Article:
"The opportunity to describe the ideal qualities of a strong Aboriginal leader and to suggest how to build Aboriginal leadership capacity brought 30 Aboriginal leaders to Calgary in mid-February 2003 to an Aboriginal Leadership Roundtable. Discussed were the roles in their communities of Aboriginal leaders, the challenges these leaders face, the qualities of good leaders—and barriers, including those of accountability and those stemming from the Indian Act.
"The growth of Aboriginal band-owned enterprises has reduced high unemployment levels and increased self-reliance. Growth of Enterprises in Aboriginal Communities highlights the economic success of five Aboriginal communities. These community businesses use strategic planning and standard business practices, while maintaining traditional Aboriginal values. All community members share the benefits. This report documents the experience of the Osoyoos Indian Band, Lac La Ronge Indian Band, Membertou First Nation, Mississauga's of the New Credit First Nation and Vuntut Gwitchin First Nation.
Community-owned renewable energy facilities create local jobs and revenue with less environmental impacts than conventional energy options. A community that owns a renewable energy facility keeps most of the profit, controls the facility's operation and contributes to a healthier environment. This fact sheet on community-owned renewable energy projects describes the benefits of these projects and outlines steps for starting a project.
The mining industry has a long track record of booms and busts. When mineral prices rise, new mines are built in a hurry Host communities beenfit from a jump in jobs, infusions of cash, and investments in infrastructure - the "boom." However, when prices fall, production slows down and some mines close altogether. Communities suddenly find themselves facing unemployment, loss of income and a declining population - the "bust." This cycle can take a heavy toll on communities.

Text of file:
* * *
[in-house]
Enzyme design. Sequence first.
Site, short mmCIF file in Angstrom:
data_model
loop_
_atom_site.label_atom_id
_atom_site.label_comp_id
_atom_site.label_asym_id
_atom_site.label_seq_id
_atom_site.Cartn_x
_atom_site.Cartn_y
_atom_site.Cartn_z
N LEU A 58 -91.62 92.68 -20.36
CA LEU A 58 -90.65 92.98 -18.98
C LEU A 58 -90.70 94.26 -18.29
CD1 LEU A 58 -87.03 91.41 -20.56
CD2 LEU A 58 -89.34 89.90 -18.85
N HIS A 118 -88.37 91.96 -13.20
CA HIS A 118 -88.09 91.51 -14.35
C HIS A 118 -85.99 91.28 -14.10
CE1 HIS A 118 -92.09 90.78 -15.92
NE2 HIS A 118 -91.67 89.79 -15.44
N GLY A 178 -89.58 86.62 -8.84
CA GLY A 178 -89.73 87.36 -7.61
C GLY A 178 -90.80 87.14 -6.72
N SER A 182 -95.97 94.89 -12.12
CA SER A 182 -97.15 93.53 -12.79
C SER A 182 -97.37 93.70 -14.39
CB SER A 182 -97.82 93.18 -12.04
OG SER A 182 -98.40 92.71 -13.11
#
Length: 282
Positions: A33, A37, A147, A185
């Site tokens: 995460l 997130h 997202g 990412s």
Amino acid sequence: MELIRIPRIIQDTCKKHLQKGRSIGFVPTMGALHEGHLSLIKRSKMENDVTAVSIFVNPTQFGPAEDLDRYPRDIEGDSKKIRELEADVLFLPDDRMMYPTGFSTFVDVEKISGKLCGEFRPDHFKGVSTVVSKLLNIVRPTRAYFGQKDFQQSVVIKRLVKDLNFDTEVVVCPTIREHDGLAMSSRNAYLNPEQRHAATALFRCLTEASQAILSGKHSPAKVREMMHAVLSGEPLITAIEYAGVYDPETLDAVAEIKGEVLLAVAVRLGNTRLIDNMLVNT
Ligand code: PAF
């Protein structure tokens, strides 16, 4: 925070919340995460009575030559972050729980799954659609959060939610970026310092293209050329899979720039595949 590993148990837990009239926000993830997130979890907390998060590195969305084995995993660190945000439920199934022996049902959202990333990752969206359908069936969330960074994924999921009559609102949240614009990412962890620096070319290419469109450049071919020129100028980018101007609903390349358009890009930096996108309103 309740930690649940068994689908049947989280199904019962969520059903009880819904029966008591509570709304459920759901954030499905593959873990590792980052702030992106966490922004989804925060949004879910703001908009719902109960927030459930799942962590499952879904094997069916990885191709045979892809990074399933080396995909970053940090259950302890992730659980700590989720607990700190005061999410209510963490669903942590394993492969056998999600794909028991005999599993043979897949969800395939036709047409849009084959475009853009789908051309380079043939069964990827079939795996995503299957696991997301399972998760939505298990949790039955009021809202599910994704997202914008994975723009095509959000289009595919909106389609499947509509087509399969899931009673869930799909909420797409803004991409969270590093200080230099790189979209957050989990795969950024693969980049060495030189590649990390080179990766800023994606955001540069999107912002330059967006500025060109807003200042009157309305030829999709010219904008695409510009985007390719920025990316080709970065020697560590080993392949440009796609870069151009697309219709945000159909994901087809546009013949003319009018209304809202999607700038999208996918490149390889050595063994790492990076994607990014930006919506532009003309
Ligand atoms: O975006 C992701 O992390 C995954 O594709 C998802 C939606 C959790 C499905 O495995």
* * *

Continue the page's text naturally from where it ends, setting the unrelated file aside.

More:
The forest industry is an important sector in all provinces in Canada, representing an average of 10% of total value added produced. Given the important role that this industry plays in the country, in-depth studies of the characteristic features of forest-based industries, their linkages with the rest of the economy, and the impacts of changes in policies on the society as a whole is believe to be instrumental in the process of ensuring sustainable development.
Forestry communities, like all single industry communities in New Brunswick and across Canada, are facing difficult times and unprecedented challenges as the main employers close or leave town. This literature review examines the economic transitioning of single industry communities with a focus on forestry communities. Literature was reviewed from a wide variety of sources including journal articles, Government documents and reports, as well as publications from a wide variety of websites and organizations.
This report summarizes a study by the Rural and Small Town Programme (RSTP) on capacity building in forestry dependent communities in New Brunswick with funding from the Fundy Model Forest, the New Brunswick Enterprise Network and the Regional Development Corporation. Due to the decline in the forestry industry, such communities need to look at ways to build new capacities in order to continue to be sustainable in the future.
This manual can launch your community on a process of renewal and resilience. It can help you facilitate the initial step towards successful transition from dependence on a single industry to innovative development based on diverse utilization of community resources. This transition often begins with a small group of determined citizens who engage others in the process of visioning, planning and implementing a sustainable future. The community should cultivate the capacity to shape its own ways of life and work.